Oncotarget

Research Papers:

SRC kinase inhibition with saracatinib limits the development of osteolytic bone disease in multiple myeloma

Roy Heusschen _, Joséphine Muller, Marilène Binsfeld, Caroline Marty, Erwan Plougonven, Sophie Dubois, Nadia Mahli, Karen Moermans, Geert Carmeliet, Angélique Léonard, Frédéric Baron, Yves Beguin, Eline Menu, Martine Cohen-Solal and Jo Caers

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Oncotarget. 2016; 7:30712-30729. https://doi.org/10.18632/oncotarget.8750

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Abstract

Roy Heusschen1,*, Joséphine Muller1,*, Marilène Binsfeld1, Caroline Marty3, Erwan Plougonven4, Sophie Dubois1, Nadia Mahli1, Karen Moermans5, Geert Carmeliet5, Angélique Léonard4, Frédéric Baron1,2, Yves Beguin1,2, Eline Menu6, Martine Cohen-Solal3, Jo Caers1,2

1Laboratory of Hematology, GIGA-Research, University of Liège, Liège, Belgium

2Division of Hematology, Department of Medicine, University and CHU of Liège, Liège, Belgium

3INSERM-UMR-1132, Hôpital Lariboisière and Université Paris Diderot, Paris, France

4Department of Chemical Engineering, PEPs (Products, Environments, Processes), University of Liège, Liège, Belgium

5Laboratory of Clinical and Experimental Endocrinology, Department of Clinical and Experimental Medicine, KU Leuven, Leuven, Belgium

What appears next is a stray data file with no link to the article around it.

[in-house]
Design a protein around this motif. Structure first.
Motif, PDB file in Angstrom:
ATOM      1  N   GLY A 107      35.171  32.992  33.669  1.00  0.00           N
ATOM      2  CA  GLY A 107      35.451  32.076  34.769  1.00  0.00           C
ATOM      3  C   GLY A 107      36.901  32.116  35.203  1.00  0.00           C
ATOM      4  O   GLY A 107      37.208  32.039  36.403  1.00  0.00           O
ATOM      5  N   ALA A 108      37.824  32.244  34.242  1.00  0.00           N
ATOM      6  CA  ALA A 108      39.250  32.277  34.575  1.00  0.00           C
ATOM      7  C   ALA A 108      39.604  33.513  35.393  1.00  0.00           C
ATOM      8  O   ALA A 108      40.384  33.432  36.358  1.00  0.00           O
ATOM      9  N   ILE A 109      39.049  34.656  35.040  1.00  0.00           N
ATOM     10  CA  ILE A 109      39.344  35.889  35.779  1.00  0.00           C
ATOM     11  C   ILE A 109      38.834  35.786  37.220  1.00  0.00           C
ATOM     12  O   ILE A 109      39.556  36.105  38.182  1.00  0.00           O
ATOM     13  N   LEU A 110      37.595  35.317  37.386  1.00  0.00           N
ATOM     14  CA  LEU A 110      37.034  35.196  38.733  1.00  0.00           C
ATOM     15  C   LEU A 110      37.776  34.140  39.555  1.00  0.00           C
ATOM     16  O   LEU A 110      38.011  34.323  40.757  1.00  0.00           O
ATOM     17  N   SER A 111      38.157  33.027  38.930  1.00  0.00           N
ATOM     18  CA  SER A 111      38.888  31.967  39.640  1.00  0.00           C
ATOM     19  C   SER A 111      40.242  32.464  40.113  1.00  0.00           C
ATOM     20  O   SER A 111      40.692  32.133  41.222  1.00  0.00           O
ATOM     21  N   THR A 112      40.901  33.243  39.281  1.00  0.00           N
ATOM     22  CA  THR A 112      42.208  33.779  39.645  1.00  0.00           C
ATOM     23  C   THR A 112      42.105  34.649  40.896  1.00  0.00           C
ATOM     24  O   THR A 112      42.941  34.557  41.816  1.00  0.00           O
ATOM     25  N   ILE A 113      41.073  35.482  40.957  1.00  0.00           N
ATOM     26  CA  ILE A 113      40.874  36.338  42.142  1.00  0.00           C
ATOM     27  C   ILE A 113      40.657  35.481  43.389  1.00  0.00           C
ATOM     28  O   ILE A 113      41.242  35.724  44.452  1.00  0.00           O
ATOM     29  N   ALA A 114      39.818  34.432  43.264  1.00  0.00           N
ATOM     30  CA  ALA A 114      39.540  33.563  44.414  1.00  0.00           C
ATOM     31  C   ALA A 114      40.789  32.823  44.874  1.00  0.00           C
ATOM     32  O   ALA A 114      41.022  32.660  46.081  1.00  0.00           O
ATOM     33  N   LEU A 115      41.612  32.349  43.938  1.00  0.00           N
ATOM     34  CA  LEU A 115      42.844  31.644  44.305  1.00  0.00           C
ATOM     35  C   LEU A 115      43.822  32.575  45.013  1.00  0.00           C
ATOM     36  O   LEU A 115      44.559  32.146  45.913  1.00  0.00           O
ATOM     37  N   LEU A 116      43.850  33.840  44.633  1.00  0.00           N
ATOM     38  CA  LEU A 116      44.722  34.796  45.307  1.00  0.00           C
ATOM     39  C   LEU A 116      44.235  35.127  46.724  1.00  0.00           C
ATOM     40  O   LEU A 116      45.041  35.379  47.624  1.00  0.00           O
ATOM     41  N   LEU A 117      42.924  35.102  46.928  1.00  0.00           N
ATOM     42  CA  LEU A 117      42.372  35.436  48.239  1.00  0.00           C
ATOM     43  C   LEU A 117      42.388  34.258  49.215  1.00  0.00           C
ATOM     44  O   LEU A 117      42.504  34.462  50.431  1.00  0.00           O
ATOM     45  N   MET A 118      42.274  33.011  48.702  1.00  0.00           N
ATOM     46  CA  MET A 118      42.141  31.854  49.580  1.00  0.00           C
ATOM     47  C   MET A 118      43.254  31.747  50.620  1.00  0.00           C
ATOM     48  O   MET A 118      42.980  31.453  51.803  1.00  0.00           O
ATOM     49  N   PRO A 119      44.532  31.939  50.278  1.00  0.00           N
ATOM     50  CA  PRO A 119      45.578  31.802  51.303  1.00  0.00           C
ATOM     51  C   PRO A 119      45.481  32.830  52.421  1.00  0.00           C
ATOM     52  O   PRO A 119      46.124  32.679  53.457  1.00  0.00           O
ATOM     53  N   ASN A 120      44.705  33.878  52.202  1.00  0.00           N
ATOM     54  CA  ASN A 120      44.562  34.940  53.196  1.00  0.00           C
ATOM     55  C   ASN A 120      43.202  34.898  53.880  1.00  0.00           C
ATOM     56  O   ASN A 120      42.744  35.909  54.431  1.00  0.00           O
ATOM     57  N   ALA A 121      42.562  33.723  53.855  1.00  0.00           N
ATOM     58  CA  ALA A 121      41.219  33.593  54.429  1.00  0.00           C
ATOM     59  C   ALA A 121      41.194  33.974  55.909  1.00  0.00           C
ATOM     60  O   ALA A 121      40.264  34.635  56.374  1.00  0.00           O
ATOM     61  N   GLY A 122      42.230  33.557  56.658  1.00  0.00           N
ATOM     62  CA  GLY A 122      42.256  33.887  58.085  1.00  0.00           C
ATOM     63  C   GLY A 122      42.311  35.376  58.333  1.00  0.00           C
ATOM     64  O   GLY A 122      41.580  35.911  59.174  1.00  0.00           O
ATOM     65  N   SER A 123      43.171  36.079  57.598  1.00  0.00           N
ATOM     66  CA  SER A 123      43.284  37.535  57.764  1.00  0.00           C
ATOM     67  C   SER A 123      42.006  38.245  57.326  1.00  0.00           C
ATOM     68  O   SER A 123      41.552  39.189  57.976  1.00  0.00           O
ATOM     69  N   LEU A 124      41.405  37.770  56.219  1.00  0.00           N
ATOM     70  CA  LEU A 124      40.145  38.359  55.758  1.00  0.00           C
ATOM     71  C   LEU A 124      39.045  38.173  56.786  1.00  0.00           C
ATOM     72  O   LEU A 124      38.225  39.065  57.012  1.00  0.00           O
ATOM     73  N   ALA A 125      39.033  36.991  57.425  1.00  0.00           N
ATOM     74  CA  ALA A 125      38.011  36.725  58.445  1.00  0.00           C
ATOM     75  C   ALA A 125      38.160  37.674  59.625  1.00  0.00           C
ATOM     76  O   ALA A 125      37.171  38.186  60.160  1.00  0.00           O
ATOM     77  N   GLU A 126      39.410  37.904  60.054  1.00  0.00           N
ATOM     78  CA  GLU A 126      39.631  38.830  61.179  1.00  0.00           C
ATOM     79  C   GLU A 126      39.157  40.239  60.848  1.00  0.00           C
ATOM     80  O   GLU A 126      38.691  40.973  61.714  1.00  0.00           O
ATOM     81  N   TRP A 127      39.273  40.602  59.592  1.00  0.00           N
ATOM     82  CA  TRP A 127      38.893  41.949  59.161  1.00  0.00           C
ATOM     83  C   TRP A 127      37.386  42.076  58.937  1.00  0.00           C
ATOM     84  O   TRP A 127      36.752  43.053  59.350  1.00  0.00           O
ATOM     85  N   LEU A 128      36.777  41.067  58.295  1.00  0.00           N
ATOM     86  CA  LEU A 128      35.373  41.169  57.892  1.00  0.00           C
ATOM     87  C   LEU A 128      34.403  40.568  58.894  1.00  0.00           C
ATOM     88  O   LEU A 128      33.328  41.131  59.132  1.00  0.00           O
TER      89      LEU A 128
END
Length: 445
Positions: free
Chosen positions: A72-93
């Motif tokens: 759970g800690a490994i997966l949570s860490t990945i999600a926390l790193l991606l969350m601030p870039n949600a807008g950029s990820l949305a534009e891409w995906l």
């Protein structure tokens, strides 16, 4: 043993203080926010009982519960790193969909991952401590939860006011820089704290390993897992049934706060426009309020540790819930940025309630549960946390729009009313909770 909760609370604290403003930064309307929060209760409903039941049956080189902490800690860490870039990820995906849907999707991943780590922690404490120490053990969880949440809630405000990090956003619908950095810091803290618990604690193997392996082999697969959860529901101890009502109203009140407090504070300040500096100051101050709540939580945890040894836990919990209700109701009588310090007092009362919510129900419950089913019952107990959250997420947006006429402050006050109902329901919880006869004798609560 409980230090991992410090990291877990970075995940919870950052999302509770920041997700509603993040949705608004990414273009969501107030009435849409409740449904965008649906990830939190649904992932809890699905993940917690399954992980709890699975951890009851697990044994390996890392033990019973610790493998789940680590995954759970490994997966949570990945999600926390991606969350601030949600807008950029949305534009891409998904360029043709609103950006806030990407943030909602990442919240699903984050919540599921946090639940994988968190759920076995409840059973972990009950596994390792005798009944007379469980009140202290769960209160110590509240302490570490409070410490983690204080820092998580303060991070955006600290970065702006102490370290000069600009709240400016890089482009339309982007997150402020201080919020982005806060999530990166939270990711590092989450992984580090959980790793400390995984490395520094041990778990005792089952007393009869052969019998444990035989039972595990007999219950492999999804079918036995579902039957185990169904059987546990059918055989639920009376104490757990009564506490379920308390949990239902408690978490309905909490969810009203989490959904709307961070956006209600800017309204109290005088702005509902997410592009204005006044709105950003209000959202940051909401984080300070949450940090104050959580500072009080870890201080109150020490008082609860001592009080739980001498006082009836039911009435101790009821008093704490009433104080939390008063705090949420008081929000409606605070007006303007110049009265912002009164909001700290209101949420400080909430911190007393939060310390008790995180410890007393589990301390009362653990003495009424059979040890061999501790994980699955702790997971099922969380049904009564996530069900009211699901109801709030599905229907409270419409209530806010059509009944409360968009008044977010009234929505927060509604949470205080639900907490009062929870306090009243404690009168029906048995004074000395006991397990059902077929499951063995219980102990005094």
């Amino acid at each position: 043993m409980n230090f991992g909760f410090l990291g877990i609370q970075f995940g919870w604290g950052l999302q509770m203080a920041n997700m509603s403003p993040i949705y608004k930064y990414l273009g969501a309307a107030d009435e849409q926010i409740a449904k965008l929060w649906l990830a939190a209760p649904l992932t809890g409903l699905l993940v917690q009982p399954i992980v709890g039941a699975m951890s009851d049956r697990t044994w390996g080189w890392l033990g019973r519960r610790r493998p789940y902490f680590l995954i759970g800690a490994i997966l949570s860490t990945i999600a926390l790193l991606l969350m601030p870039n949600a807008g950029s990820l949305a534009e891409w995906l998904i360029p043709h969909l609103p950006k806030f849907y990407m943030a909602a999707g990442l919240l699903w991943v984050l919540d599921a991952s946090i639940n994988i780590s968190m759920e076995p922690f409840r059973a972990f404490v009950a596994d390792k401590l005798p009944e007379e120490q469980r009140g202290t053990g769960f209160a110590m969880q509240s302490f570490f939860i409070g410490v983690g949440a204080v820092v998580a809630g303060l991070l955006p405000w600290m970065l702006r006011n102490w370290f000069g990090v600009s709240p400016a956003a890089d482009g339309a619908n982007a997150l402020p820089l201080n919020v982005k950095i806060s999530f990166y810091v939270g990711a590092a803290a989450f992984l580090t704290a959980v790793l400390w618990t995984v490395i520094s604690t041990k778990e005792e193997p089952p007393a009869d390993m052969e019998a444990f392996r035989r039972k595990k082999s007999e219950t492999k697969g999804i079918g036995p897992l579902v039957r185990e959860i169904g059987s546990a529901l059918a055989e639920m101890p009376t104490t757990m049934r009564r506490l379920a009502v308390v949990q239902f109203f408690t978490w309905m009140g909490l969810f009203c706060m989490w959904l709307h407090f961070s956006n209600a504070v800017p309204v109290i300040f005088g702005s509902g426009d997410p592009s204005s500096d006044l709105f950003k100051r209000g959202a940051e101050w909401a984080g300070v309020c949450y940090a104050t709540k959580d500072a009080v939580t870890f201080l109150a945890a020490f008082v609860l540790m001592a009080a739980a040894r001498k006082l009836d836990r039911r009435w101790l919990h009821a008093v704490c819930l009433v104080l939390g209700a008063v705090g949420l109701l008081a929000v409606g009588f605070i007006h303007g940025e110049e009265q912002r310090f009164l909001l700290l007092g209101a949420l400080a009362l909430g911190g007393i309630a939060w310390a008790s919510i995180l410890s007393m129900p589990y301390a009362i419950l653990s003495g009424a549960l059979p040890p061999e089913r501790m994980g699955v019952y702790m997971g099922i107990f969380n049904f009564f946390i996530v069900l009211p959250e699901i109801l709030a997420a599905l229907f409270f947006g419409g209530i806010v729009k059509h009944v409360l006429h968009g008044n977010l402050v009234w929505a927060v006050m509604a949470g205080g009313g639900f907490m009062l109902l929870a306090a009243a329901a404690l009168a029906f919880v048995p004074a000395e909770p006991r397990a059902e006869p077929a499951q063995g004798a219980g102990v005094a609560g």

6Department of Hematology and Immunology, Myeloma Center Brussels, Vrije Universiteit Brussel, Brussels, Belgium

*These authors have contributed equally to this work

Correspondence to:

Jo Caers, email: [email protected]

Keywords: multiple myeloma, osteolytic bone disease, c-SRC, saracatinib, osteoclast, AZD0530, cancer

Received: September 25, 2015    Accepted: March 31, 2016    Published: April 15, 2016

ABSTRACT

Multiple myeloma (MM)-associated osteolytic bone disease is a major cause of morbidity and mortality in MM patients and the development of new therapeutic strategies is of great interest. The proto-oncogene SRC is an attractive target for such a strategy. In the current study, we investigated the effect of treatment with the SRC inhibitor saracatinib (AZD0530) on osteoclast and osteoblast differentiation and function, and on the development of MM and its associated bone disease in the 5TGM.1 and 5T2MM murine MM models. In vitro data showed an inhibitory effect of saracatinib on osteoclast differentiation, polarization and resorptive function. In osteoblasts, collagen deposition and matrix mineralization were affected by saracatinib. MM cell proliferation and tumor burden remained unaltered following saracatinib treatment and we could not detect any synergistic effects with drugs that are part of standard care in MM. We observed a marked reduction of bone loss after treatment of MM-bearing mice with saracatinib as reflected by a restoration of trabecular bone parameters to levels observed in naive control mice. Histomorphometric analyses support that this occurs through an inhibition of bone resorption. In conclusion, these data further establish SRC inhibition as a promising therapeutic approach for the treatment of MM-associated osteolytic bone disease.


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